You could argue that no player came into the Cowboys 2017 training camp with more intrigue than linebacker Jaylon Smith. The second-round pick last year, Smith's delayed debut from a major knee injury has been anticipated for a long time. Everyone is behind him; a player who seems as exceptional personally as he does in talent.
It is who Jaylon Smith seems to be as a person, driven and dedicated, that we're going to look at today. These traits make him valuable not just as a linebacker for 16-19 games a year, but in every facet of the team's activities. The example he sets can impact the entire team for many years to come, making his successful return all the more important for the Cowboys organization.
The Cowboys are currently transitioning between eras. The move from Tony Romo to Dak Prescott at quarterback was a major shift, but there are still veteran players in key positions of leadership. Jason Witten and Dez Bryant on offense, Sean Lee and Orlando Scandrick on defense; these older players still have some of the biggest voices on the team.
This leadership structure is going to be changing in short order. 2017 may very well be Witten's last year before retirement. Scandrick, who turned 30 in February, may only have one or two seasons left before the Cowboys will look to shed his contract. Dez Bryant turns 29 in November and has to keep playing at a high level to avoid his own cap casualty.
Sean Lee, easily the Cowboys' best defensive player and the captain of the group, turned 31 just about a week ago. His days as an elite linebacker are numbered, and the new reality of professional football with rising concussion and CTE awareness makes the old timetables obsolete. Players are walking away from the game younger than ever, and Lee has a personal history with concussions that makes an earlier retirement very possible.
As these veterans make their exits over the next few seasons, it will be critical for young player to step into those vacant leadership roles. The offense already has Dak Prescott and the stalwarts on the offensive line. The defense needs guys of similar caliber, who can set the example off the field as much as on it; who can set the pace for their teammates in how they approach the game.
Jaylon Smith is as poised to assume that role as anyone on defense. With other young studs like safety Byron Jones and defensive tackle Maliek Collins, Smith is part of what could be a strong nucleus for the Cowboys defense for the next decade. The strong character that got Jaylon drafted in the first place, that gave Dallas confidence he could come back from such a catastrophic injury, is something they want in the team's foundation.
Perhaps the recent issues with suspensions and player conduct in Dallas are what especially bring this to mind. Obviously, nobody can really stop their teammates from making mistakes. The idea of "culture" in overrated in the NFL; grown men with millions of dollars are going to behave how they choose. But if even one other player is positively effected by Jaylon's example, that's a whole new kind of value.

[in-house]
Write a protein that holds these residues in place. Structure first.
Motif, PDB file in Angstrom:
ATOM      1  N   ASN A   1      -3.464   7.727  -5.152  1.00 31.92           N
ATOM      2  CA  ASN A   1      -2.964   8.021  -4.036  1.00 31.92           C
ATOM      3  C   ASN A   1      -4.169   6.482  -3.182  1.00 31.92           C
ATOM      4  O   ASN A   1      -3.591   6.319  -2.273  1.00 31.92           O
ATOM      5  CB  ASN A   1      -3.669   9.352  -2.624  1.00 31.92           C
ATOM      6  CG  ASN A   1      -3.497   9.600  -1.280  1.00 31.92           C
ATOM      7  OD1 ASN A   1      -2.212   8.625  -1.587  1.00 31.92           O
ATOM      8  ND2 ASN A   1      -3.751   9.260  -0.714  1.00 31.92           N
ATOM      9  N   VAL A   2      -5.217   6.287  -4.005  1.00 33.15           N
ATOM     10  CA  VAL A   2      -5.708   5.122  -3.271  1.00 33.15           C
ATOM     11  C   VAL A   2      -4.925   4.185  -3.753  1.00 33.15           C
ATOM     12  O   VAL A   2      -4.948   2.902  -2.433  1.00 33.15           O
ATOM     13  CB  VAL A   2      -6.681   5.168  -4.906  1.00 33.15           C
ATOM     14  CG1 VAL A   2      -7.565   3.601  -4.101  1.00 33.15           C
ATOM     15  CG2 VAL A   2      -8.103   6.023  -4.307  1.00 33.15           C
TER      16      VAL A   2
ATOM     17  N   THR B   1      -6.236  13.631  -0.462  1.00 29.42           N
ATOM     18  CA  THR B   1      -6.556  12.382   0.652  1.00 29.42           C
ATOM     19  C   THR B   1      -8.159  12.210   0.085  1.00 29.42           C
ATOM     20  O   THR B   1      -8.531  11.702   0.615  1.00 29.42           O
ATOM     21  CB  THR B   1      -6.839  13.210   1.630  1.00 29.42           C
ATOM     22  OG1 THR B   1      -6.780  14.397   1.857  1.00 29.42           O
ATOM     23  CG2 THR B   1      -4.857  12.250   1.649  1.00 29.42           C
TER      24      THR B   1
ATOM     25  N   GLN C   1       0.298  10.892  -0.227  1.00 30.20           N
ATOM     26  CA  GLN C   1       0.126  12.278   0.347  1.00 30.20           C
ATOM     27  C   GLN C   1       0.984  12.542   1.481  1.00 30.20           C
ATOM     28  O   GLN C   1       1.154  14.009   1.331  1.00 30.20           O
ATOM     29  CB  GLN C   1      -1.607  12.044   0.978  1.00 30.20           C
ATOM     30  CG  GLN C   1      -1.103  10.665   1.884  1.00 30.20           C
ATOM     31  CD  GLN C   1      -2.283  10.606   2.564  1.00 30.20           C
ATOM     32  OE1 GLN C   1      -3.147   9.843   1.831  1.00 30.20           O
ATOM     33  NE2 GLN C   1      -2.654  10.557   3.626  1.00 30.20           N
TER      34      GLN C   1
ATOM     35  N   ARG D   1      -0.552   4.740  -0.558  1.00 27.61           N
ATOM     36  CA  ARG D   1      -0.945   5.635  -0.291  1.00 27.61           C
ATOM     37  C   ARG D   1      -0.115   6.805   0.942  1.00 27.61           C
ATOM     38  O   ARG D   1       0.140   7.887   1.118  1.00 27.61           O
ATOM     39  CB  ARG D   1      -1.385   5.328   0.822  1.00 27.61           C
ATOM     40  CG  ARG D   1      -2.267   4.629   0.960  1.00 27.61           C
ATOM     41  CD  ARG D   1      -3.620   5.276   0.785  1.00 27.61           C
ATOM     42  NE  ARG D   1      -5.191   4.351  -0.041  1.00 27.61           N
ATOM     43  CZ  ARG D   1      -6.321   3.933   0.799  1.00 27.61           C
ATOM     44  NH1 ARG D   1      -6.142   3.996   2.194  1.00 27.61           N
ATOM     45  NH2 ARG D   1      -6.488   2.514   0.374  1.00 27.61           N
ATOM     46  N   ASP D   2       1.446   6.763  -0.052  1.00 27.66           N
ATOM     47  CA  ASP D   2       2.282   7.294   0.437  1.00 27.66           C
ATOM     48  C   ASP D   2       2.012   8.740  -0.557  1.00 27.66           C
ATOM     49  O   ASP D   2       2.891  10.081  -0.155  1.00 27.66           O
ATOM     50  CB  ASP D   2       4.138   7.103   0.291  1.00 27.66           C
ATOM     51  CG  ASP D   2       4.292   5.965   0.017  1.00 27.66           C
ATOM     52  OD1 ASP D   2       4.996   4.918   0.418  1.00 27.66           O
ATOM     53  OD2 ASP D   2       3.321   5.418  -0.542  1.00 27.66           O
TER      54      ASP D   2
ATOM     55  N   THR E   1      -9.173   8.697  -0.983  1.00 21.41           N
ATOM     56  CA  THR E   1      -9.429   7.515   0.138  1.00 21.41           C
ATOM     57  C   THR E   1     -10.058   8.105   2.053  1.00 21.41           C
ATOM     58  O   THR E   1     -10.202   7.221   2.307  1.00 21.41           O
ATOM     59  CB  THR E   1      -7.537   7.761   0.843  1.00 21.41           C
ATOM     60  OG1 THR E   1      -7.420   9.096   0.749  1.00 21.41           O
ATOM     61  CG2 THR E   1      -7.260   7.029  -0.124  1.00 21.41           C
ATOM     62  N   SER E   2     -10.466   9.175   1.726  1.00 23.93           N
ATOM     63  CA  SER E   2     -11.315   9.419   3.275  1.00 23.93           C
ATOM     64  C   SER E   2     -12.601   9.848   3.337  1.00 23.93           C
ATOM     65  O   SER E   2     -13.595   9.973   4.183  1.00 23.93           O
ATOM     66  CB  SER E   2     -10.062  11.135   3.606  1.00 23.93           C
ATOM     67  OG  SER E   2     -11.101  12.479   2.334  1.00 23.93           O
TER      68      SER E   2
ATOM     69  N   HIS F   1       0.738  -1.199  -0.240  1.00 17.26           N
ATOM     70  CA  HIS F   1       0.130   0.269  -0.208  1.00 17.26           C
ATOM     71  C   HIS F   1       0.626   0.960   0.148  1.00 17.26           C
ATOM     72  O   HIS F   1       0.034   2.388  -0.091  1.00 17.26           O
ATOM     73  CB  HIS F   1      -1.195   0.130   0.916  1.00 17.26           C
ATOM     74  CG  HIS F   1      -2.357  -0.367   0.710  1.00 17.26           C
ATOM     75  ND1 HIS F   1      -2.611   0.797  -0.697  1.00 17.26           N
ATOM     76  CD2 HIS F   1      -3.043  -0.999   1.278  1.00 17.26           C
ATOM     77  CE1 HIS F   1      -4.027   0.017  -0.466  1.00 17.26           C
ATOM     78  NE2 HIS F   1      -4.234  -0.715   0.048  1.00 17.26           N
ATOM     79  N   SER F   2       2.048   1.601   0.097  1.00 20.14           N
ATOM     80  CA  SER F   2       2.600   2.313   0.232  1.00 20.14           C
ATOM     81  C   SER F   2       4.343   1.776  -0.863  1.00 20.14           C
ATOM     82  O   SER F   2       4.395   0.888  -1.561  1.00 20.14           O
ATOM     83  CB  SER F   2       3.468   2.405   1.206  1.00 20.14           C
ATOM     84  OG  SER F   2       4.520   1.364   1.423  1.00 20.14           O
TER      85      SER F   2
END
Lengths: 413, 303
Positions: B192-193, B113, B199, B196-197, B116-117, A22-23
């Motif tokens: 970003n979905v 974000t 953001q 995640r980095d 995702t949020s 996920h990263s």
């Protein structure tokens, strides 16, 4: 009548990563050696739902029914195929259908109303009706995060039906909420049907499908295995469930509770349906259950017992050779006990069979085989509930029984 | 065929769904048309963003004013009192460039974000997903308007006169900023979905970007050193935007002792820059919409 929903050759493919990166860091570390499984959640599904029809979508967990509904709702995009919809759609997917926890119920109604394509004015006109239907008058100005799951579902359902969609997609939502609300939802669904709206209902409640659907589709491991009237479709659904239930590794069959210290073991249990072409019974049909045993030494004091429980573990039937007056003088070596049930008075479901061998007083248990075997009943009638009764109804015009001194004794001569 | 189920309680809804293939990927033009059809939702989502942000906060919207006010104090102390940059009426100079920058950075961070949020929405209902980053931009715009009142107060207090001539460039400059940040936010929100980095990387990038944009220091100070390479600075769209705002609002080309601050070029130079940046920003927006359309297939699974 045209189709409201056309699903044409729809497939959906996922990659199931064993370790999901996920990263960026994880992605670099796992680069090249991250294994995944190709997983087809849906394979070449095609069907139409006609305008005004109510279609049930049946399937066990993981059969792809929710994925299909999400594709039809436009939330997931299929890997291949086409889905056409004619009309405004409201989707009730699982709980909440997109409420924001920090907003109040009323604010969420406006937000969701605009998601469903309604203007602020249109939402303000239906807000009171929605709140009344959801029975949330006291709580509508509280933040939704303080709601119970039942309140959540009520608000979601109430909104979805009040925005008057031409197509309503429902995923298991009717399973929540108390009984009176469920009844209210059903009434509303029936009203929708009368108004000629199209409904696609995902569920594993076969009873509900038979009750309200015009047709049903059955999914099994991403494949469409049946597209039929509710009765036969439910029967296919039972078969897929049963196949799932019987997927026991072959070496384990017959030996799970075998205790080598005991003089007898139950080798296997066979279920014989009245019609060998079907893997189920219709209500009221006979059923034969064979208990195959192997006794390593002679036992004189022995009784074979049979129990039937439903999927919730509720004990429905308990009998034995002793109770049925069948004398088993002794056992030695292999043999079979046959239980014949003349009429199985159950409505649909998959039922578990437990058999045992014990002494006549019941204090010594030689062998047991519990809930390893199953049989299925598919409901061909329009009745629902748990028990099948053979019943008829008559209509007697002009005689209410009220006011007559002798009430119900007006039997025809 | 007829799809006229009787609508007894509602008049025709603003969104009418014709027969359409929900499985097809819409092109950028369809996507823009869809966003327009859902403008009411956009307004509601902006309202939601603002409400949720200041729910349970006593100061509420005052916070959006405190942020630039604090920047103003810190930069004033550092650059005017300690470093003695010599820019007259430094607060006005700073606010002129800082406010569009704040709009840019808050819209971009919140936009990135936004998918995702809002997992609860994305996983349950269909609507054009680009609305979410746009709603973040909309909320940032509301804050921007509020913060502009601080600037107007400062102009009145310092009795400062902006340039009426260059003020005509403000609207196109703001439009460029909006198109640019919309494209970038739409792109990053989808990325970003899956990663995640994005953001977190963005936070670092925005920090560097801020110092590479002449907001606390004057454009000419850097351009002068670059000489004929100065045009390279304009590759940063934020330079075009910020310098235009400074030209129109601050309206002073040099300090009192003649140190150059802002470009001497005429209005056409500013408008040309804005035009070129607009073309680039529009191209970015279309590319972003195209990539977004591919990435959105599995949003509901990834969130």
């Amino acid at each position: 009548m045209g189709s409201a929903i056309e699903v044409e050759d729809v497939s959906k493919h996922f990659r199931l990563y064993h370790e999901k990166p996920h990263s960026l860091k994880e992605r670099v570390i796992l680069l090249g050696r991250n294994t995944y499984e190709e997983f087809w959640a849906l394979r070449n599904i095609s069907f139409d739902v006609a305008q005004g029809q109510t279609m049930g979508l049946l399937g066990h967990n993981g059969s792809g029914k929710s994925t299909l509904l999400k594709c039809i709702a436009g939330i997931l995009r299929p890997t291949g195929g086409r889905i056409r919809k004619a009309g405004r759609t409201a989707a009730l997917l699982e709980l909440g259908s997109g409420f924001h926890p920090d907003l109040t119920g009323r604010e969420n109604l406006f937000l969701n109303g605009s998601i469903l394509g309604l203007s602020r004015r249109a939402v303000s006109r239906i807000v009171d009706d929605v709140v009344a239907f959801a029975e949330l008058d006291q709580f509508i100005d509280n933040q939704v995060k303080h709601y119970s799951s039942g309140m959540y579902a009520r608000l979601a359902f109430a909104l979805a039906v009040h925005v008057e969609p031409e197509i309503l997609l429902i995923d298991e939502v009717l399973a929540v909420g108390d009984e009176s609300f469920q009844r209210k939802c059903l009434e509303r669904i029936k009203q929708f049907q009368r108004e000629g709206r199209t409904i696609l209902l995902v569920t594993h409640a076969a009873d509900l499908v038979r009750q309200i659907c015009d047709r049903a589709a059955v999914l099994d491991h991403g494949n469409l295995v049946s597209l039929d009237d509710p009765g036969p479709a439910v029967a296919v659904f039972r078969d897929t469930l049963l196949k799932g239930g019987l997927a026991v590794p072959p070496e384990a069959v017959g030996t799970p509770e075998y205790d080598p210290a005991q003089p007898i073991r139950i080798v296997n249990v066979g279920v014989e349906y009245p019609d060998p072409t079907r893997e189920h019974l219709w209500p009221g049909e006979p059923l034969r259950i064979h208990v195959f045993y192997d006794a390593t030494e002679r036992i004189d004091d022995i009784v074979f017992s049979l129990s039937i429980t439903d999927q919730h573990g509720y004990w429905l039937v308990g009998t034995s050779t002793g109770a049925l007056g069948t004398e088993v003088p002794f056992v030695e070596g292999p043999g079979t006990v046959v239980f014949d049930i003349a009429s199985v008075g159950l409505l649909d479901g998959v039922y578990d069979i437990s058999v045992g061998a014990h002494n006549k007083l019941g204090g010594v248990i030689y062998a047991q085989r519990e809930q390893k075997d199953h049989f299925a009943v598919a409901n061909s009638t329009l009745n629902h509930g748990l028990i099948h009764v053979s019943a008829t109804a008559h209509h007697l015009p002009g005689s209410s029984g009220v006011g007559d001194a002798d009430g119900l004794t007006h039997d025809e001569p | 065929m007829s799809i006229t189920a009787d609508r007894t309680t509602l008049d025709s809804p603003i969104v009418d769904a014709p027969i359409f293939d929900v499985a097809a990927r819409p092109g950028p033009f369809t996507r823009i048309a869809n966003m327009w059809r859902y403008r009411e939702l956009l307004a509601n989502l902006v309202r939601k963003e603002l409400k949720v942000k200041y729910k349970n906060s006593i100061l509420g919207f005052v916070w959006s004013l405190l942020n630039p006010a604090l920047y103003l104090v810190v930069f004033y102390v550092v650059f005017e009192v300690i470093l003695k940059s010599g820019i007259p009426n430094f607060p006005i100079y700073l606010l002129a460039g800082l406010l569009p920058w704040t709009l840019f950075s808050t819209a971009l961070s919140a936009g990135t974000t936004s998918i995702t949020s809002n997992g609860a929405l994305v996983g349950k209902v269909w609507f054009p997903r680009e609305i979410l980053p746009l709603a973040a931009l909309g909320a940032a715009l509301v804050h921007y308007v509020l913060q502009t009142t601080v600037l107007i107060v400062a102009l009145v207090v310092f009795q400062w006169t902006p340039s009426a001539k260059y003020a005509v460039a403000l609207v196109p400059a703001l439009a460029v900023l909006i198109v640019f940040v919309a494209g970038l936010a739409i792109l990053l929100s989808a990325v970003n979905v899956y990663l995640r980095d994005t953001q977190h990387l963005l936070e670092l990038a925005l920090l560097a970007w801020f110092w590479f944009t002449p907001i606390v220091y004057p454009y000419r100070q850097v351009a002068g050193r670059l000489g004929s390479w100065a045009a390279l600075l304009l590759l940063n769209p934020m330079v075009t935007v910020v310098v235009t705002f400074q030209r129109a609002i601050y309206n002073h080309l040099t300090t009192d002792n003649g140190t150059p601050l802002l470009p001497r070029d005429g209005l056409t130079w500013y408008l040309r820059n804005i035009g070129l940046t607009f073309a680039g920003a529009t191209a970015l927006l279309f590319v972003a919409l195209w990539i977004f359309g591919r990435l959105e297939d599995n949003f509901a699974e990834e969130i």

So, while our focus has been on the ways that Jaylon Smith can help the Cowboys on the field, his potential impact in the locker room is also a major aspect of what he offers. It's not just about getting great return on a second-round pick, but continuing to put the pieces in place for a lasting foundation. Jaylon can be the future of the Cowboys defense in more ways than one, and that's why we're all rooting so hard for him.
Should Gregory’s Potential Reinstatement Alter Cowboys Draft Plan?
A lot has happened with the Dallas Cowboys roster in a short period of time leading up to the 2018 NFL Draft. Just four days away now, the Cowboys are still adjusting to life without Dez Bryant, and may be preparing to welcome back Randy Gregory this season.
After months of speculation about the Cowboys' exiled pass rusher turning his life around for the better, the end result may be Gregory triumphantly returning to the field and filling a considerable position of need in Dallas.
Through Gregory's numerous absences from the Cowboys, the team has searched for temporary fixes at his right defensive end spot until drafting Taco Charlton in the first round last year. In his rookie season, Charlton looked much better at left end behind DeMarcus Lawrence than he ever did rushing against left tackles.
ALERT: Sources offer me very positive reports on #Cowboys DE @RandyGregory_4 coming bid for NFL reinstatement, as @BobbyBeltTX also notes. Randy Gregory has a chance to be a terrific story.
Randy Gregory can beat left tackles with speed and bend, but also has more career suspensions than he does sacks. Finding another defensive end with these traits in the draft could put the Cowboys defensive line over the top, but doing so with this year's class could cost them a pick better spent elsewhere.
Of course, this will be the case if Gregory does complete a comeback that the Cowboys have been understandably quiet about until recently. Stephen Jones has said the plan for Gregory is to apply for reinstatement following the draft.
The Cowboys "smart" approach of rebuilding their front four on defense as if Gregory would never see the field again has yielded them plenty of success - at all but the spot Gregory would line up at. DeMarcus Lawrence, David Irving, Maliek Collins, and Taco Charlton should all inspire hope for this unit in 2018.
This is more than we were ever able to say about forgotten defenders like Benson Mayowa, who remains a free agent RDE.
The same can be said about prospects like Harold Landry or Marcus Davenport. At this point though, it feels like a priority draft pick spent at DE is a sudden sign of nervousness about Randy Gregory's return by the Cowboys.